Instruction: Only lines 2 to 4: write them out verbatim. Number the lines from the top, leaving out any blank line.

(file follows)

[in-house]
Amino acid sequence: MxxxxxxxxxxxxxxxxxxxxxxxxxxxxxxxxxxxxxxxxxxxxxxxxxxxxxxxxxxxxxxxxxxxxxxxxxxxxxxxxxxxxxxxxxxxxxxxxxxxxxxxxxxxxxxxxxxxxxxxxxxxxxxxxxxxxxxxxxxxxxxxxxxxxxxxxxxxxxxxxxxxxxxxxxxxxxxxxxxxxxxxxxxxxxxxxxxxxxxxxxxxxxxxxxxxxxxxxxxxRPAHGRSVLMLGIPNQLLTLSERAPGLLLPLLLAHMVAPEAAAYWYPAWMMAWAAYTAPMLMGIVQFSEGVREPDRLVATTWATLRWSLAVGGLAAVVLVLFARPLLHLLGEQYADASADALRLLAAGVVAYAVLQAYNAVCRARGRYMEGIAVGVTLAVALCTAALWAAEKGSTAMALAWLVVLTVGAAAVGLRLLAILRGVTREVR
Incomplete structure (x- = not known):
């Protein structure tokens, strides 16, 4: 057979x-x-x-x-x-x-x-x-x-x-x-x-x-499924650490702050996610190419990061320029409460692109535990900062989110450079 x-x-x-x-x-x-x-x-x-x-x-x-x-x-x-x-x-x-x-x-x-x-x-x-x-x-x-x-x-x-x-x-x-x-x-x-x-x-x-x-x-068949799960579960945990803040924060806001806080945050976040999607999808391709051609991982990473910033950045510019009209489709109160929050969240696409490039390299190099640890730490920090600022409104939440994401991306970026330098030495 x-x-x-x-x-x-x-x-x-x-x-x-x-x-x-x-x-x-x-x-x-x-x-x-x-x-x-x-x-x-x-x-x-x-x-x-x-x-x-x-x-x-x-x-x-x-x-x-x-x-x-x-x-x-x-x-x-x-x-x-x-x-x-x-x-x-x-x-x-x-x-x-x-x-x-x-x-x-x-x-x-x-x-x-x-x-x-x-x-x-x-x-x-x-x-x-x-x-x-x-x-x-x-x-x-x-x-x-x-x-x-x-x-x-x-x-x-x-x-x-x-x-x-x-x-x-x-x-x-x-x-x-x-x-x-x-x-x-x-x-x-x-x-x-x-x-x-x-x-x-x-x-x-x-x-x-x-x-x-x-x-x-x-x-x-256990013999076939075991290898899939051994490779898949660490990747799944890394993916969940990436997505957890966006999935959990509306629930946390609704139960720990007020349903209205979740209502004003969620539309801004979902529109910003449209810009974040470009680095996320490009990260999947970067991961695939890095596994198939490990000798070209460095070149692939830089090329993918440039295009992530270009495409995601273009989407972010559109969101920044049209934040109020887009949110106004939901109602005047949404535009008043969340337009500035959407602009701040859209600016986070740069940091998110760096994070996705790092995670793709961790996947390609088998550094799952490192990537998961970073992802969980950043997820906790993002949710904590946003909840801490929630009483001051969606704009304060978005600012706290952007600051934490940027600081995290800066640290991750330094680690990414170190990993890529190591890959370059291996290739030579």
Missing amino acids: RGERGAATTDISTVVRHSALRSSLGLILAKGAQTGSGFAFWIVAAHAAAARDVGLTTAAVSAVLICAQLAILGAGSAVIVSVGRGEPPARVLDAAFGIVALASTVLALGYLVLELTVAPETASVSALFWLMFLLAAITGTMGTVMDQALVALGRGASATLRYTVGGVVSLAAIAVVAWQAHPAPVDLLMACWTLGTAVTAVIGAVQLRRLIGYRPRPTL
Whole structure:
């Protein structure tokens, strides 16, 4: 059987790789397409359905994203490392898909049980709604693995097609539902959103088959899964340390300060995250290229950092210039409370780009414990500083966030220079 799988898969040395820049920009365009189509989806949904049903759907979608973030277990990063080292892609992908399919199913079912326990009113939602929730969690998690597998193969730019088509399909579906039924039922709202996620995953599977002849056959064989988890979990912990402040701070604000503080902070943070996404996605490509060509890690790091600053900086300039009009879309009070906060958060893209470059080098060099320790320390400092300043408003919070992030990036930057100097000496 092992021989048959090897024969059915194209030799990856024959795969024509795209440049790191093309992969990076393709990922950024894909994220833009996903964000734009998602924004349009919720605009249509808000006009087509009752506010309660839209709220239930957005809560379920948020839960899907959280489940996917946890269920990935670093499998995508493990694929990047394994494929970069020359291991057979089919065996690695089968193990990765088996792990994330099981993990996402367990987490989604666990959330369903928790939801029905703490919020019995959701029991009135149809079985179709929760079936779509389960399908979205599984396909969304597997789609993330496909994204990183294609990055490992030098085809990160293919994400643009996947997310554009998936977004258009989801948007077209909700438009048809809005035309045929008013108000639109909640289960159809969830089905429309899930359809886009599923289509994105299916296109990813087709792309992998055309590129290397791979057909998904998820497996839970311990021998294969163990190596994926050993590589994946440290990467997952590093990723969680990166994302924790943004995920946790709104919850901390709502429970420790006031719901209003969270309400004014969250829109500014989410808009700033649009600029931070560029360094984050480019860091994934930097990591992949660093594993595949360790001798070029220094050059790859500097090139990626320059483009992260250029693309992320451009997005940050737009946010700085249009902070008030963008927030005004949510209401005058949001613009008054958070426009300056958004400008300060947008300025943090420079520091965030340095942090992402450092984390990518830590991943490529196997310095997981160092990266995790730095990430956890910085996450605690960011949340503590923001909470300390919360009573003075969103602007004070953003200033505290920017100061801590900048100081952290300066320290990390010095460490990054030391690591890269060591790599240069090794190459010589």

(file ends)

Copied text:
Amino acid sequence: MxxxxxxxxxxxxxxxxxxxxxxxxxxxxxxxxxxxxxxxxxxxxxxxxxxxxxxxxxxxxxxxxxxxxxxxxxxxxxxxxxxxxxxxxxxxxxxxxxxxxxxxxxxxxxxxxxxxxxxxxxxxxxxxxxxxxxxxxxxxxxxxxxxxxxxxxxxxxxxxxxxxxxxxxxxxxxxxxxxxxxxxxxxxxxxxxxxxxxxxxxxxxxxxxxxxxxxxxxxxRPAHGRSVLMLGIPNQLLTLSERAPGLLLPLLLAHMVAPEAAAYWYPAWMMAWAAYTAPMLMGIVQFSEGVREPDRLVATTWATLRWSLAVGGLAAVVLVLFARPLLHLLGEQYADASADALRLLAAGVVAYAVLQAYNAVCRARGRYMEGIAVGVTLAVALCTAALWAAEKGSTAMALAWLVVLTVGAAAVGLRLLAILRGVTREVR
Incomplete structure (x- = not known):
């Protein structure tokens, strides 16, 4: 057979x-x-x-x-x-x-x-x-x-x-x-x-x-499924650490702050996610190419990061320029409460692109535990900062989110450079 x-x-x-x-x-x-x-x-x-x-x-x-x-x-x-x-x-x-x-x-x-x-x-x-x-x-x-x-x-x-x-x-x-x-x-x-x-x-x-x-x-068949799960579960945990803040924060806001806080945050976040999607999808391709051609991982990473910033950045510019009209489709109160929050969240696409490039390299190099640890730490920090600022409104939440994401991306970026330098030495 x-x-x-x-x-x-x-x-x-x-x-x-x-x-x-x-x-x-x-x-x-x-x-x-x-x-x-x-x-x-x-x-x-x-x-x-x-x-x-x-x-x-x-x-x-x-x-x-x-x-x-x-x-x-x-x-x-x-x-x-x-x-x-x-x-x-x-x-x-x-x-x-x-x-x-x-x-x-x-x-x-x-x-x-x-x-x-x-x-x-x-x-x-x-x-x-x-x-x-x-x-x-x-x-x-x-x-x-x-x-x-x-x-x-x-x-x-x-x-x-x-x-x-x-x-x-x-x-x-x-x-x-x-x-x-x-x-x-x-x-x-x-x-x-x-x-x-x-x-x-x-x-x-x-x-x-x-x-x-x-x-x-x-x-x-256990013999076939075991290898899939051994490779898949660490990747799944890394993916969940990436997505957890966006999935959990509306629930946390609704139960720990007020349903209205979740209502004003969620539309801004979902529109910003449209810009974040470009680095996320490009990260999947970067991961695939890095596994198939490990000798070209460095070149692939830089090329993918440039295009992530270009495409995601273009989407972010559109969101920044049209934040109020887009949110106004939901109602005047949404535009008043969340337009500035959407602009701040859209600016986070740069940091998110760096994070996705790092995670793709961790996947390609088998550094799952490192990537998961970073992802969980950043997820906790993002949710904590946003909840801490929630009483001051969606704009304060978005600012706290952007600051934490940027600081995290800066640290991750330094680690990414170190990993890529190591890959370059291996290739030579």